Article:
My father had a minor stroke Sunday while Erin and I were off exploring the home of Mark Twain. The two seemingly unrelated events have me thinking strange things.
I’ve always wondered if there’s a curse over my family, given our tendency to embrace our destructive impulses and pay the consequences.
At the end of the day, I know it’s not a curse. We choose to behave a certain way and we pay the price. I paid for years of compulsive binge eating by swelling to the upper 200s on the scale and puking up stomach acid in my sleep before I started treating it like the addiction it is with a 12-Step program.
In my father’s case, he apparently spent the weekend pushing himself too hard physically. With a bad leg, bad back and high blood pressure, he should know better. With heart trouble, diabetes and a history of hardened arteries in the Brenner family history, he SHOULD be afraid to eat the wrong things. But he does it anyway.
Much of that behavior was passed down to my brain, where it mixed with OCD, depression and other nasty byproducts. I do therapy and go to 12-Step meetings.
That’s not my father’s style and never will be. I think in his mind, he’s going to do what he’s going to do and when God calls his number, so be it. In that regard, he reminds me a lot of my maternal grandfather. Papa defiantly smoked his cigars until the end, and I don’t think he would have had it any other way.
Lucky me. A fatalistic tradition coming at me from both sides of the family tree.
The thing is, while fate handles people like us accordingly, others get off scot-free. Going through Mark Twain’s house Sunday brings that to mind now.
I identify with Twain on several levels. The obvious one is the writing. Another thing is the dark humor. Another thing we have in common, which I got a better picture of Sunday, is that he, like me today, was madly devoted to his wife and children, and that he had a habit of pissing his wife off anyway with his cussing and avoiding phone calls from people he didn’t want to talk to. According to one story, his wife took him down a few pegs for paying a visit to their next-door neighbor, “Uncle Tom’s Cabin” author Harriet Beecher Stowe, without wearing the proper attire.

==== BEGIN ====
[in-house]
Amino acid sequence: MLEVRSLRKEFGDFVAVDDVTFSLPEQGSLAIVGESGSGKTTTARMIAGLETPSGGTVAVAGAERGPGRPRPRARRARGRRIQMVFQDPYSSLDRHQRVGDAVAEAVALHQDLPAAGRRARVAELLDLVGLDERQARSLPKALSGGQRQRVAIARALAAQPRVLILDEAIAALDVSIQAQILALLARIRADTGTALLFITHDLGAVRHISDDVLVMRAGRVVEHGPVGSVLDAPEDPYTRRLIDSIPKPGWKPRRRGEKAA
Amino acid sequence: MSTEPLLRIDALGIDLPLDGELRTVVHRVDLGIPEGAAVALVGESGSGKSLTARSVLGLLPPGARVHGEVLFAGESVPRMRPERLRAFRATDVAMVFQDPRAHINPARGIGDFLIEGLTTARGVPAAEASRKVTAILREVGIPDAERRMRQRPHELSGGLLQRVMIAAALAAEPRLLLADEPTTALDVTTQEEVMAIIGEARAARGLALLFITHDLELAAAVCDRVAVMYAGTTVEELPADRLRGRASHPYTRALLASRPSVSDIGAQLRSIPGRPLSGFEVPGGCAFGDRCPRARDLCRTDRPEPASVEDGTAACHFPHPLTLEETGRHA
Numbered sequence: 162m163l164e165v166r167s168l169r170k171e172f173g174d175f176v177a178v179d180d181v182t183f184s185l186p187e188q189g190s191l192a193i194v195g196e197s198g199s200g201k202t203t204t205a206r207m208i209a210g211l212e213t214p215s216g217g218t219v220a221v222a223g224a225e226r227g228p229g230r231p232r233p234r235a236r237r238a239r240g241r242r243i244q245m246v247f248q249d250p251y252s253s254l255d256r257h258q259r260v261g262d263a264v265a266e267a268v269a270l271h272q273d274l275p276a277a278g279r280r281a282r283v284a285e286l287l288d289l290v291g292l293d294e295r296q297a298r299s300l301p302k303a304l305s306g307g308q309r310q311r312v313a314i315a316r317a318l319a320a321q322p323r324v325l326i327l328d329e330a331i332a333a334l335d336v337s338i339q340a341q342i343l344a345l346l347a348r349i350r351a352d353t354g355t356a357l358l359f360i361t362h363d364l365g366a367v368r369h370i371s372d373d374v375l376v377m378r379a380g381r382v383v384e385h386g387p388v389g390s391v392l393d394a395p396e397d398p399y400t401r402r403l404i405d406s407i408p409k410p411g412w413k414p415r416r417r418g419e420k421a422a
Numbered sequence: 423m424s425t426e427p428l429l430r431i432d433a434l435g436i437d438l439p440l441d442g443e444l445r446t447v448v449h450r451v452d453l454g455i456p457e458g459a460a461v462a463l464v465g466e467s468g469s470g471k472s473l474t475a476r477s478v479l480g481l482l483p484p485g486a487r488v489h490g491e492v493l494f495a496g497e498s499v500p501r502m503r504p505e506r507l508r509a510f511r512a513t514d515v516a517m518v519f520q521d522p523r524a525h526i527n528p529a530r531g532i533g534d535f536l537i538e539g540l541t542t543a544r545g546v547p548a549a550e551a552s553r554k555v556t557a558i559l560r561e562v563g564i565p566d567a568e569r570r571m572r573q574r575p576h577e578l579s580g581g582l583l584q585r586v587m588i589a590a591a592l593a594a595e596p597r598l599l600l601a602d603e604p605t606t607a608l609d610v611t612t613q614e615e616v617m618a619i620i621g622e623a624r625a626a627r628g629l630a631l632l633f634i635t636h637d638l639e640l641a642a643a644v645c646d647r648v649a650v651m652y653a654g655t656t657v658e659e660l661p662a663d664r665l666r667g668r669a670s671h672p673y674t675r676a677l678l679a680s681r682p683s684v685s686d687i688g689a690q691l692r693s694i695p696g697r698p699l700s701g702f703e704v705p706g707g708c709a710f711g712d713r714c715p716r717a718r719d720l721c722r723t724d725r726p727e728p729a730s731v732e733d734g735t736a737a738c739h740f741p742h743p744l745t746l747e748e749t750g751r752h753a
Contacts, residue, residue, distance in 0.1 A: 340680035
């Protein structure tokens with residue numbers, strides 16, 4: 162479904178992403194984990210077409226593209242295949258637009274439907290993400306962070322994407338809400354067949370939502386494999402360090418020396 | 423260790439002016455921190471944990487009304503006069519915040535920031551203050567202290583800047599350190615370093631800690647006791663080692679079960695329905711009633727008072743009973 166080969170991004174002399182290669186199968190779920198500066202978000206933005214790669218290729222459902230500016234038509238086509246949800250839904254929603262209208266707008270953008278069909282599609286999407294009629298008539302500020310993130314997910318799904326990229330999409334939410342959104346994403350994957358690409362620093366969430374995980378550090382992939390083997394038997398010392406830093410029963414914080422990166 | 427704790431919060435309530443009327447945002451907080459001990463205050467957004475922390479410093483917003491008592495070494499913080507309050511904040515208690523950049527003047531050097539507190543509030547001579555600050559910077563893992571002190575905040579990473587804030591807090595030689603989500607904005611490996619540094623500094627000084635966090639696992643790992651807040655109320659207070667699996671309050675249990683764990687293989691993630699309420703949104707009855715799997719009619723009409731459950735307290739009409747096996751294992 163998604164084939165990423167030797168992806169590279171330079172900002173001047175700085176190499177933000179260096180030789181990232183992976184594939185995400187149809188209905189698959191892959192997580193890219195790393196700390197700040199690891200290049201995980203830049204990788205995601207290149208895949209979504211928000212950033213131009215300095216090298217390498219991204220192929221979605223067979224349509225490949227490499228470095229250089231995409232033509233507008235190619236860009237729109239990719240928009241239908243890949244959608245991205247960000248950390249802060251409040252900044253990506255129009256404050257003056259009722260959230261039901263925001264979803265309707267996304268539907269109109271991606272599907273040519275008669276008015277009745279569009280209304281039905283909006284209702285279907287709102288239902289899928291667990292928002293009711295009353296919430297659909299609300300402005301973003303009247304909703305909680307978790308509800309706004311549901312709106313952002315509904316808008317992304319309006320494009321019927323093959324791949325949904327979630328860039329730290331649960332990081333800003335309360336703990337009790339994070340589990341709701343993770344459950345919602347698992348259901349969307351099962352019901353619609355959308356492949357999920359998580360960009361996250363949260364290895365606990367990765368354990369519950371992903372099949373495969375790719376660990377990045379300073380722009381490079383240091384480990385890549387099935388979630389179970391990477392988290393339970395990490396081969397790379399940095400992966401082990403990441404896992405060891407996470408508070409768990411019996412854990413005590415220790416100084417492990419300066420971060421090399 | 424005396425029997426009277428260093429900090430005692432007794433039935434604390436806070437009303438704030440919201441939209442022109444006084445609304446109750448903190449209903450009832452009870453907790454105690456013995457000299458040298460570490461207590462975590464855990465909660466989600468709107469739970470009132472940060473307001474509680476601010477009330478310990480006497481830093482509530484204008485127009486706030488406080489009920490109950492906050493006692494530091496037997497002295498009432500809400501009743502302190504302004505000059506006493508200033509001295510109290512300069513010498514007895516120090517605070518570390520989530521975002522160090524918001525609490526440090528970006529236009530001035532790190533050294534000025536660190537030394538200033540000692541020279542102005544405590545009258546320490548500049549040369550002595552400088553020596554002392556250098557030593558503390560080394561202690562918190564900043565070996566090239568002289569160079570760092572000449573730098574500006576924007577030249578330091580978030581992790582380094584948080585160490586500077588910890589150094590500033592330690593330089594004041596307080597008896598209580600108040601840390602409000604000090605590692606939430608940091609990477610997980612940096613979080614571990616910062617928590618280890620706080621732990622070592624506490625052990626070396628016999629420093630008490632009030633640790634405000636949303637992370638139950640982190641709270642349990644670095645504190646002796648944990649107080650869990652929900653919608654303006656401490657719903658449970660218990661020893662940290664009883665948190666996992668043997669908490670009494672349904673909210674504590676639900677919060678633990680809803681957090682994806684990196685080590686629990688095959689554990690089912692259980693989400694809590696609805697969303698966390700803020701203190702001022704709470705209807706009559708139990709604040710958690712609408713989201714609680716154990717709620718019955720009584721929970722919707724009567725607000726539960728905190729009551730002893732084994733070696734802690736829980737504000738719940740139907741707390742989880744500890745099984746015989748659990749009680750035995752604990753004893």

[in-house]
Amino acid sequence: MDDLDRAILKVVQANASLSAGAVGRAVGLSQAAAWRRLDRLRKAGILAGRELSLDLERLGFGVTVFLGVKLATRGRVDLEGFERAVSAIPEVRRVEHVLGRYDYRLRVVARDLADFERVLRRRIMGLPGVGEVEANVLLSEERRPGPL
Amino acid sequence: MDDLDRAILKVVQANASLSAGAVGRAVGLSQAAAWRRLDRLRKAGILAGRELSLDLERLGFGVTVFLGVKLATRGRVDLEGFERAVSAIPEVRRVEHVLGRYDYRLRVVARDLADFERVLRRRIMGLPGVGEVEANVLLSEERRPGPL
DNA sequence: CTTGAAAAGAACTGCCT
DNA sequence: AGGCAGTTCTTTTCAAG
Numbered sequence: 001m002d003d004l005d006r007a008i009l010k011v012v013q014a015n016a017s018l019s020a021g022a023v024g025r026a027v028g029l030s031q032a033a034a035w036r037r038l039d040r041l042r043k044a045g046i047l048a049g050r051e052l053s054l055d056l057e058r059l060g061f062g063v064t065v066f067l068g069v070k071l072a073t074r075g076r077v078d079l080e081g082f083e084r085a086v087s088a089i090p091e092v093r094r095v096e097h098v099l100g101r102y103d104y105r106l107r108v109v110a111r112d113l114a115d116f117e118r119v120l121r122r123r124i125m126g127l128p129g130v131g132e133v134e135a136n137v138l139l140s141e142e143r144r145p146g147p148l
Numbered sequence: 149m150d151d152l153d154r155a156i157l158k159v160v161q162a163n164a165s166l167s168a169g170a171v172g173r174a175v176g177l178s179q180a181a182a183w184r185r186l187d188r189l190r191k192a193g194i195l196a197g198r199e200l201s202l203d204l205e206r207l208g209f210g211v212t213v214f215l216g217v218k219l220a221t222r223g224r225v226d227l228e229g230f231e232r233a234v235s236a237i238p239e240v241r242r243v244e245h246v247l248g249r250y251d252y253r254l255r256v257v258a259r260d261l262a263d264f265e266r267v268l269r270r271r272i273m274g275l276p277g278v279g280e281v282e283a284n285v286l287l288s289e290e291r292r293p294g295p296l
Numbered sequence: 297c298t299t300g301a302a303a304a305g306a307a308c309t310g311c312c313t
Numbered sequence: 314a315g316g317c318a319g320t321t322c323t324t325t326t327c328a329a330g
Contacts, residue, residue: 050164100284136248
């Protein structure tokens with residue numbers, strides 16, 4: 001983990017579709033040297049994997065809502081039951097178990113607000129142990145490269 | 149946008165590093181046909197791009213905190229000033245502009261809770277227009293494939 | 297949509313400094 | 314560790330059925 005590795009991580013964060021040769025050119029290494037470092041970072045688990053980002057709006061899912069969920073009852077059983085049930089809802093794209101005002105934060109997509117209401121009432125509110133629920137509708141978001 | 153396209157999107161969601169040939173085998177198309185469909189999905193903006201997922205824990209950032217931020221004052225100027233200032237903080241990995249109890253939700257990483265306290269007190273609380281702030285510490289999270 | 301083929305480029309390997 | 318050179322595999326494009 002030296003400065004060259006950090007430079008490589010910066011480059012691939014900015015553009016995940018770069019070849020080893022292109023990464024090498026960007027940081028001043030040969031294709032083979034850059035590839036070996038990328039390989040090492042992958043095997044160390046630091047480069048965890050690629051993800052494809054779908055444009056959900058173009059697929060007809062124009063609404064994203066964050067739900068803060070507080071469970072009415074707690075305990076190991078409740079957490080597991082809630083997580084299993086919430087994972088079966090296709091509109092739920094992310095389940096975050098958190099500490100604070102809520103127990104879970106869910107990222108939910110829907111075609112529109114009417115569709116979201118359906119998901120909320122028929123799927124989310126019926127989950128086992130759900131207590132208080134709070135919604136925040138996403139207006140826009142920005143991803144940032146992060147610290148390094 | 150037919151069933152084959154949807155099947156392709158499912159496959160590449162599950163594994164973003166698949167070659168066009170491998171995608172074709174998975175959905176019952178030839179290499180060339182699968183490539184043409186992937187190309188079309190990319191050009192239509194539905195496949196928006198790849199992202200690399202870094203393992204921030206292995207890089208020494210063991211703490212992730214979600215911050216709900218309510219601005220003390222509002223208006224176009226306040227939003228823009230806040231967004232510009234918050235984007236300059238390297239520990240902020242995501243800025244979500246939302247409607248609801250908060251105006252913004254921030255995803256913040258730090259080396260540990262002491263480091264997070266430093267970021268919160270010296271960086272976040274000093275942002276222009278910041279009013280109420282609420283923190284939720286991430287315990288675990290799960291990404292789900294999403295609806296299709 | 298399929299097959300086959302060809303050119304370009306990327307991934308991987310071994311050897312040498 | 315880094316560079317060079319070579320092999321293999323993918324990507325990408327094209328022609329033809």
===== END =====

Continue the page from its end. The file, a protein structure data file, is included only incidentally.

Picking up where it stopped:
One other, important thing I identified with: Twain reveled in his bad habits. He smoked 20-40 cigars a day and loved to have a drink or five. Everywhere in his house is evidence of his constant smoking: the smoking table next to his chair in the library, the cigars and pipes strewn about in the study-billiards room where he wrote such masterpieces as “The Adventures of Huckleberry Finn” and “The Prince and the Pauper.”
It all made me want to smoke a big, fat cigar. I enjoy the occasional smoke, though nothing remotely close to how Twain did it.
Twain was a lot like my father. He was going to do what he did, and that was that.
I mentioned to Erin how funny it is that some folks, like Twain, can do what he did without consequence and live a long life (Twain died at 74), while someone like me has to pack it in and change my ways earlier in life. Then there’s my father, who is nearly 66 and has gotten that far despite his habits. Papa died a few months shy of his 71st birthday. Since 70 seems to be the new 40, that doesn’t seem like much longevity in this day and age.
Of course, medical treatments back then weren’t what they are today either, so whatever.
“You’re an addict,” Erin said. “Was Twain an addict?”
“Not sure,” I said.
“Either way, it’s still destructive behavior that affects you and everyone around you,” she said.
That was true in Twain’s case. Learning to live with a guy like that couldn’t have been easy for his wife.
Learning to live with a guy like me certainly hasn’t been all fun and games for Erin.
And living with my father probably hasn’t been without bumps for my step-mom.
History has it that Winston Churchill smoked cigars nonstop and was perpetually buzzed on every kind of alcohol there is. He lived to be 90.
I know from the history books that he was no fun to live with.
I can’t speak for my father, but for me one of the challenges is to remember to be me and not try to do self-destructive things because some of my heroes did them.
I tried hard to be my brother after he died. It didn’t work.
I tried hard to be Jim Morrison at one point because I thought he was cool. That didn’t work, either.
And sometimes, when I’m doing something that’s bad for me, I feel like Mark Twain, Winston Churchill and other big guys from history would approve.
There’s just one problem: I’m not them.
I try to be like my father in many ways because he’s a great man. But in other ways, I need to break the self-destructive cycle we seem to embrace.